John Stonestreet on How the Church Can Help Those Struggling With Ideas of Suicide

One of my all-time favorite quotes comes from Abraham Kuyper and was repeated over and over by Chuck Colson: “There’s not a single square inch in the whole domain of our human existence over which Christ, who is Sovereign over all, does not cry out: ‘Mine!’” Working out the implications of that grand truth in the reality of our everyday lives will take a lifetime.

As Christians, we often acknowledge Christ’s rule over things like human dignity, marriage, and maybe even our finances, but we often miss how central a Christian view of time is to a truly Christian worldview. Thus, we often find our time hijacked, assumed, taken for granted, killed, wasted, and even forgotten.

Os Guinness thinks it’s time to change our view of time. His new book, “Carpe Diem Redeemed: Seizing the Day, Discerning the Times,” explores and explains how different views of time shape our culture and our individual lives.

For example, eastern religions embrace a cyclical view of time. “All that is once was and will be over again.” In this conception, history runs like a wheel, forever returning to the same point. Even we, in a sense, will return according to this view, reincarnated according to the dictates of Karma.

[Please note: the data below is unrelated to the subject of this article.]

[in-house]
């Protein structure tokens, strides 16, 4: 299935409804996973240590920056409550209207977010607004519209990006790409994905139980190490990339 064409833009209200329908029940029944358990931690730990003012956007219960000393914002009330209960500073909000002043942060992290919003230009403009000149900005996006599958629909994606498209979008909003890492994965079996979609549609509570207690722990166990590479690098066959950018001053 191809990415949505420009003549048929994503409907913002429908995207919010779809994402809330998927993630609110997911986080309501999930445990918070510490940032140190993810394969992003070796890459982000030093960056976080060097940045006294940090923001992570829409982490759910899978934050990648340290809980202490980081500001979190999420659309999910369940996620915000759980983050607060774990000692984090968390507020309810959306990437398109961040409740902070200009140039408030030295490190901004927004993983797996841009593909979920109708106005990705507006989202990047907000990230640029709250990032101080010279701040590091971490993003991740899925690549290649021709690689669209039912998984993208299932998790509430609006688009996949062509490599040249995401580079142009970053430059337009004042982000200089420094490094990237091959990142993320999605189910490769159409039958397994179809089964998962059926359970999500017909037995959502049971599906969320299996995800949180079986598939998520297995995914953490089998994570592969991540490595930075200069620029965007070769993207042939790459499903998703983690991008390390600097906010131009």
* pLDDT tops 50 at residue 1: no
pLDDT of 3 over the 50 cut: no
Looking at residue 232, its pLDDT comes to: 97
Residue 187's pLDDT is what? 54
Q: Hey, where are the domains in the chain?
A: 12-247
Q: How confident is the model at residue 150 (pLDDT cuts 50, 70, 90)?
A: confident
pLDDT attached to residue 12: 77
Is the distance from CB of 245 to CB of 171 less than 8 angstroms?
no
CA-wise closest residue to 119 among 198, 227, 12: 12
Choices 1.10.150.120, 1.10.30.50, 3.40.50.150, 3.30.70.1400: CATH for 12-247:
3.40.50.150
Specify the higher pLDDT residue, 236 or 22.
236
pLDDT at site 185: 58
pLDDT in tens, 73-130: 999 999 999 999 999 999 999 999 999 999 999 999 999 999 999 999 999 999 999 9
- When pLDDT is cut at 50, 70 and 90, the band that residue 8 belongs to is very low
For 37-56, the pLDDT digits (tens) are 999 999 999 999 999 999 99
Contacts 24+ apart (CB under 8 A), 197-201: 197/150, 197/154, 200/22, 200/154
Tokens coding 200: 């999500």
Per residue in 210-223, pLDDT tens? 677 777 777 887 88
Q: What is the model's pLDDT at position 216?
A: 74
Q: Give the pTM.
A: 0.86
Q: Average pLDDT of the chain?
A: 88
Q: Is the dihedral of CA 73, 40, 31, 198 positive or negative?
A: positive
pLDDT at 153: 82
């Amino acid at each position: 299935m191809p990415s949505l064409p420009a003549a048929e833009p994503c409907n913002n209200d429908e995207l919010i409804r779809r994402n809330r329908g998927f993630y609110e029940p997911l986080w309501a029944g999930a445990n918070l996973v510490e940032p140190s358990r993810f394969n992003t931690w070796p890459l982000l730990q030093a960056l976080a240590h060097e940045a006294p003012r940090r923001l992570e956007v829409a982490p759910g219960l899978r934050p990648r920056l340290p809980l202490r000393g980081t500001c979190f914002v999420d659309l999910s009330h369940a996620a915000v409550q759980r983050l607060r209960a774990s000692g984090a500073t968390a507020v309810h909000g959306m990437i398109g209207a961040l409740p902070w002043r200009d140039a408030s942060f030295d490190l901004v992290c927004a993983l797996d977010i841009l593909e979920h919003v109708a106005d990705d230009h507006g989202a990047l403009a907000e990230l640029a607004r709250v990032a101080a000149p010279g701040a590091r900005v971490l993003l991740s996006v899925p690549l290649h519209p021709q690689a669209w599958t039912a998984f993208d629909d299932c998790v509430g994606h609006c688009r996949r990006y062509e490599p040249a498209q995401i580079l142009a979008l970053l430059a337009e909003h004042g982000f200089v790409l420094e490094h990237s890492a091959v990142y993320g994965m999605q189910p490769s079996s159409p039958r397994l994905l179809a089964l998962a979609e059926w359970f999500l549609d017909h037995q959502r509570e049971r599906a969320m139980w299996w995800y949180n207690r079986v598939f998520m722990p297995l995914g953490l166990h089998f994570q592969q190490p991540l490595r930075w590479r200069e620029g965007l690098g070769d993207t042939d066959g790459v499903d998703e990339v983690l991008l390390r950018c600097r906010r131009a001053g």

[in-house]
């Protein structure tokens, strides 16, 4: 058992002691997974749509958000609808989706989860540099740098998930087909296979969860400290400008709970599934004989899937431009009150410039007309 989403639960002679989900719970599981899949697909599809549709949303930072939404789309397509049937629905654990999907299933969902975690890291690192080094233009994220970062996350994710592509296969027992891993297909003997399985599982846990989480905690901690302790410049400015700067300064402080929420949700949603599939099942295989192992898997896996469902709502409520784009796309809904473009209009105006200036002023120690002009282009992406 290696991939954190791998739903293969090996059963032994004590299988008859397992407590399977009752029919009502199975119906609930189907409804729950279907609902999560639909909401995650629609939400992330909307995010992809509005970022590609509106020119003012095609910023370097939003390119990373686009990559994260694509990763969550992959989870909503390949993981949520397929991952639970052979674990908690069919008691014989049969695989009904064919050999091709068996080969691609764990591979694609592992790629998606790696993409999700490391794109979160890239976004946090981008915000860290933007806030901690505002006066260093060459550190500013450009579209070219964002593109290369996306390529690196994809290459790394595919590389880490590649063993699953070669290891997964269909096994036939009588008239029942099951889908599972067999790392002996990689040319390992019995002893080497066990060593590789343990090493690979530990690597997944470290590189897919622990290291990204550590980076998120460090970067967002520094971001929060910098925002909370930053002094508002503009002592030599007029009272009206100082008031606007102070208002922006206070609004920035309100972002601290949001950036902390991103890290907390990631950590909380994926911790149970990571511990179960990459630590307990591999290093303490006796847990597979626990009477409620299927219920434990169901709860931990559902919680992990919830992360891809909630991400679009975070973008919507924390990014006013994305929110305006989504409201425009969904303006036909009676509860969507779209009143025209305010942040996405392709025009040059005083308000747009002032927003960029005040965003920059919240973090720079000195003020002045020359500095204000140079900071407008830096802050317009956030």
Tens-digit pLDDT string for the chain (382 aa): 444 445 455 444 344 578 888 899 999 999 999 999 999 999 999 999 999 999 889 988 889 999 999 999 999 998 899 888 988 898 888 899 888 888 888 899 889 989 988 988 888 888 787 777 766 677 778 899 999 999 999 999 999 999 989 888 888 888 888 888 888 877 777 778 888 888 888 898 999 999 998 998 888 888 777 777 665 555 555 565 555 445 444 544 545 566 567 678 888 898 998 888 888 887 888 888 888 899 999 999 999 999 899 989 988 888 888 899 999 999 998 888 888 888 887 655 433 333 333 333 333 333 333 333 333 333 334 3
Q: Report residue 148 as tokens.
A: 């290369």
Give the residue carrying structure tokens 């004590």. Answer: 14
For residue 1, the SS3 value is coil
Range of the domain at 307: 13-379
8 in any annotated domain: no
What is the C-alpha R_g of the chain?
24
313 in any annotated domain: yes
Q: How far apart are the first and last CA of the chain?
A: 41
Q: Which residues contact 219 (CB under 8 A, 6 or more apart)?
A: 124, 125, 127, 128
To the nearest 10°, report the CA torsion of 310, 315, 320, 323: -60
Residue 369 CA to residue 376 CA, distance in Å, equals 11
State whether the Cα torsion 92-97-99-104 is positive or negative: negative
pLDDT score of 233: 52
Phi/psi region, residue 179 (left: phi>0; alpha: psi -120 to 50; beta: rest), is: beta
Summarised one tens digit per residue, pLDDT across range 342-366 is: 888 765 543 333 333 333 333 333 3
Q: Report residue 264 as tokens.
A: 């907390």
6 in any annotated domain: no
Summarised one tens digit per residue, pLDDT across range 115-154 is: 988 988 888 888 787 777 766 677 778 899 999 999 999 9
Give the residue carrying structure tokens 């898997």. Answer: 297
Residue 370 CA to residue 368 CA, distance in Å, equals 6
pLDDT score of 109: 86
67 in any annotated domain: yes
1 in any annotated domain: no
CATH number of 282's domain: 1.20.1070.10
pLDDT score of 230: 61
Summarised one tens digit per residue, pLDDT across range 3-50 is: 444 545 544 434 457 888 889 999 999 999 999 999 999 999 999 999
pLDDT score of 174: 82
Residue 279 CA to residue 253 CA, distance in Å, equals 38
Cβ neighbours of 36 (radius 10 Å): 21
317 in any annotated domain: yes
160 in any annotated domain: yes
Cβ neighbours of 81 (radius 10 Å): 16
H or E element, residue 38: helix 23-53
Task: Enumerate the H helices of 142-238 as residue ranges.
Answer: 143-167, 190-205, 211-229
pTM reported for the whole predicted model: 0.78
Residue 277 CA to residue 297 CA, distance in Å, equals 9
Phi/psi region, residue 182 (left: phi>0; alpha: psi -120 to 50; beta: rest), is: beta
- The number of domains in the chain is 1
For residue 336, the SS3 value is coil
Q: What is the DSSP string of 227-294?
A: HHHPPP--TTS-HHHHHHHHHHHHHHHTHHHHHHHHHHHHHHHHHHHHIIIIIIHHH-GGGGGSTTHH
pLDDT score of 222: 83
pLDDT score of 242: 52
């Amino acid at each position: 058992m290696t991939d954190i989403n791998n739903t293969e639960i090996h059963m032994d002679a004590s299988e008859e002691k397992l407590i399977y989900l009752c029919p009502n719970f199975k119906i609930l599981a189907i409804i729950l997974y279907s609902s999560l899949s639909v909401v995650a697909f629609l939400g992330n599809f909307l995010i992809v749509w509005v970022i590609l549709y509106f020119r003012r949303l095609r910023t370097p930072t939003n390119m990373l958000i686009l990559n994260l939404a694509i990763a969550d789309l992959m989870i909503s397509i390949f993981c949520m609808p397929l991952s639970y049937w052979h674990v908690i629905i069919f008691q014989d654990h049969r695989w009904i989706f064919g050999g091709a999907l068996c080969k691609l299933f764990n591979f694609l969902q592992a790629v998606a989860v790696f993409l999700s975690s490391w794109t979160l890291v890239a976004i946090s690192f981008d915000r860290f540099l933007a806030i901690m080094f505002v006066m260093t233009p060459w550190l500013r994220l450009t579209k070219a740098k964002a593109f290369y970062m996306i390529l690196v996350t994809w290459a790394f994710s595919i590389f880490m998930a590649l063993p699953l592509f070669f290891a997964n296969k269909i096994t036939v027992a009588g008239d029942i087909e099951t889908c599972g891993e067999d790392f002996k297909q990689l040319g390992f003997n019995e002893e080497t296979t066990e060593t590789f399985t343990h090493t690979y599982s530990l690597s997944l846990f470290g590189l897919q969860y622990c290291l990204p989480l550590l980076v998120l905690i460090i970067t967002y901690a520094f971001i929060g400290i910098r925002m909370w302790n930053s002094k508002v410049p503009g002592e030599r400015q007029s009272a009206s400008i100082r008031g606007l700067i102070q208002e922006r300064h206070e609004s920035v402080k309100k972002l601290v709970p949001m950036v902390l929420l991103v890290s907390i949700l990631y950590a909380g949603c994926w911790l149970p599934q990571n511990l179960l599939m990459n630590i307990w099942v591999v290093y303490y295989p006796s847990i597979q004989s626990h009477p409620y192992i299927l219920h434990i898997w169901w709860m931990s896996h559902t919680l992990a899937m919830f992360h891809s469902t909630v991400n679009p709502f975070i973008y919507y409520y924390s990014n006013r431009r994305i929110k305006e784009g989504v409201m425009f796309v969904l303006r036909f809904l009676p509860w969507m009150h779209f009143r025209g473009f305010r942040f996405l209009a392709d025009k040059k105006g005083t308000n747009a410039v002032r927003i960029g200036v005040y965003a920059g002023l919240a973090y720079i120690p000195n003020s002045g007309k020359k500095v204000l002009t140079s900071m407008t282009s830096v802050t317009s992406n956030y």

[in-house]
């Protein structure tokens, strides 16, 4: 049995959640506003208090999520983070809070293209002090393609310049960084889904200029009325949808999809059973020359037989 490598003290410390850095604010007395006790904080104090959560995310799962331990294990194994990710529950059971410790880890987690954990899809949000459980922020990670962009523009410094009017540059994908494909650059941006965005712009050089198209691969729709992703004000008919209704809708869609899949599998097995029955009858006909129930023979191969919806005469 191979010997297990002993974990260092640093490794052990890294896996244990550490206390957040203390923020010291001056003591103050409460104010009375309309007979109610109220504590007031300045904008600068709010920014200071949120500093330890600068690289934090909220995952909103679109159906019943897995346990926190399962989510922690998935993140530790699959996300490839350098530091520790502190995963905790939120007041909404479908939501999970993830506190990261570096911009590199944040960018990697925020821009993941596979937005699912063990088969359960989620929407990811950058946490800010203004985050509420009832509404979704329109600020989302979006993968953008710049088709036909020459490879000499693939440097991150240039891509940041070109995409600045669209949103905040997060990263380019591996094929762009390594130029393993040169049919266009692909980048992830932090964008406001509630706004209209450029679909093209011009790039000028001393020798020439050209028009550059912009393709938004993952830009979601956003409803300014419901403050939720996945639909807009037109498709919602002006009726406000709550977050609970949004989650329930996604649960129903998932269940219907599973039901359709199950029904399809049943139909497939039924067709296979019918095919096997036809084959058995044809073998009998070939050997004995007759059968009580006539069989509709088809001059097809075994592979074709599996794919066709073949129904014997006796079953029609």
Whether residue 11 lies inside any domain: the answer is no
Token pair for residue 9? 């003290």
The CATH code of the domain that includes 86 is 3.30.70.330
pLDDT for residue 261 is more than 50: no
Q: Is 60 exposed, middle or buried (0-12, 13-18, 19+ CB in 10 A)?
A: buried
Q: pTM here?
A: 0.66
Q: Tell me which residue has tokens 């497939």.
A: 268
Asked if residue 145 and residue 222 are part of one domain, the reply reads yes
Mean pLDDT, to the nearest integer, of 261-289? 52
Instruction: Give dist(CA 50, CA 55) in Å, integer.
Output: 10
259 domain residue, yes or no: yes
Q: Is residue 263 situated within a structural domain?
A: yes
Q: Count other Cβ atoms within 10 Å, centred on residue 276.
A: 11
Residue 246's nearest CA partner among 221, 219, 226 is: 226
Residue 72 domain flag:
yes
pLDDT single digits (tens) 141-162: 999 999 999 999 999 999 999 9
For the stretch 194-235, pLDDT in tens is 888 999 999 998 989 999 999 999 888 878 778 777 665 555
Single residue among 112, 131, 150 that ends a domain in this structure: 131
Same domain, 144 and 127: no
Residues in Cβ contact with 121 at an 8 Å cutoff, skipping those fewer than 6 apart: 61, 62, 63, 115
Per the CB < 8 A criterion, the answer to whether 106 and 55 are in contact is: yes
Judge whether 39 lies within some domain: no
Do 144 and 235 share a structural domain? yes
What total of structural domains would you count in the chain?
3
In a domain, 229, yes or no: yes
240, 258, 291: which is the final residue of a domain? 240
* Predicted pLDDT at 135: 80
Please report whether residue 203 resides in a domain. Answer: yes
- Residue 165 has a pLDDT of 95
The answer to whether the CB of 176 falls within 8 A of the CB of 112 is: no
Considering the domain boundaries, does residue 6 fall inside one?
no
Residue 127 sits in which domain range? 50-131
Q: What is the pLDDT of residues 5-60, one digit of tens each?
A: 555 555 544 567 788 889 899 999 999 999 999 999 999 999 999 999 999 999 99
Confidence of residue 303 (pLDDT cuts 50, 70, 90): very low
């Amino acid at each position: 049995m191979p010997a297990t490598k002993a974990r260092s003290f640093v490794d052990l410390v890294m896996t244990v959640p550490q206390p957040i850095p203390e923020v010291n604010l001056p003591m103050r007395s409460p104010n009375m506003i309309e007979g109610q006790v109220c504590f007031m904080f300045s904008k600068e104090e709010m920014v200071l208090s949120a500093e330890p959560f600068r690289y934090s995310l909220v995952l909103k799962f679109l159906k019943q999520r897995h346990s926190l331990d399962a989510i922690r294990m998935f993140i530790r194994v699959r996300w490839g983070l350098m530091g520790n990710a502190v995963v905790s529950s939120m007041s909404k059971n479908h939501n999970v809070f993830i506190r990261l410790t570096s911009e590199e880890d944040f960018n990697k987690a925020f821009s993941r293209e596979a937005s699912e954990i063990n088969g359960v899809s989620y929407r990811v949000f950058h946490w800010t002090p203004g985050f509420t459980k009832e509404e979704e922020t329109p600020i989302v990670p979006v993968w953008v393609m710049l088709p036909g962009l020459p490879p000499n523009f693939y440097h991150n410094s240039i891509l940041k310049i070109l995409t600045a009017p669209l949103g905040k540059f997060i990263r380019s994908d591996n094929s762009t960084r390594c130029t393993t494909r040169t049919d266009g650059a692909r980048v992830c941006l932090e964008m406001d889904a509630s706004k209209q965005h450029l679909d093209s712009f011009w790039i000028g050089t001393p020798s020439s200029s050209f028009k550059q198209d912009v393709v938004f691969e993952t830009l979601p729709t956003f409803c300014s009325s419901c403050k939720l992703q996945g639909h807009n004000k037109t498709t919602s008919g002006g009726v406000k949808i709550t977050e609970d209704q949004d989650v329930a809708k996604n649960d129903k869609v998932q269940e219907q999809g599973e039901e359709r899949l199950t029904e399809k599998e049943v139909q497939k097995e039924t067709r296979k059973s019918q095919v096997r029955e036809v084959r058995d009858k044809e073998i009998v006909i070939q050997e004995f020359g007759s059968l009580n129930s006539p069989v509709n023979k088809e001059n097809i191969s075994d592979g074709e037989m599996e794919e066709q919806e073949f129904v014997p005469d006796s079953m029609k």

The cyclical view ultimately robs our lives of meaning, because our choices change nothing. Time and everything in it are illusions. Salvation consists of escaping the cycle, and along with it every love, longing, and purpose we know as human beings.

The “chronological” view of time is the one that dominates our culture, according to Guinness, and is held by both optimists and pessimists. Enlightenment thinkers, and many secularists today, see time as that inevitable, upward march toward greater knowledge, peace, and civilization. We started as apes, but we’re on our way to becoming ‘gods.’

After two world wars, the Holocaust, communism, and Islamic terrorism, chronological optimists are, well, more rare than they used to be. More common, especially in popular culture, are chronological pessimists. They, to quote Shakespeare, view time and history as “a tale, told by an idiot, full of sound and fury, signifying nothing.”

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Source: Christian Headlines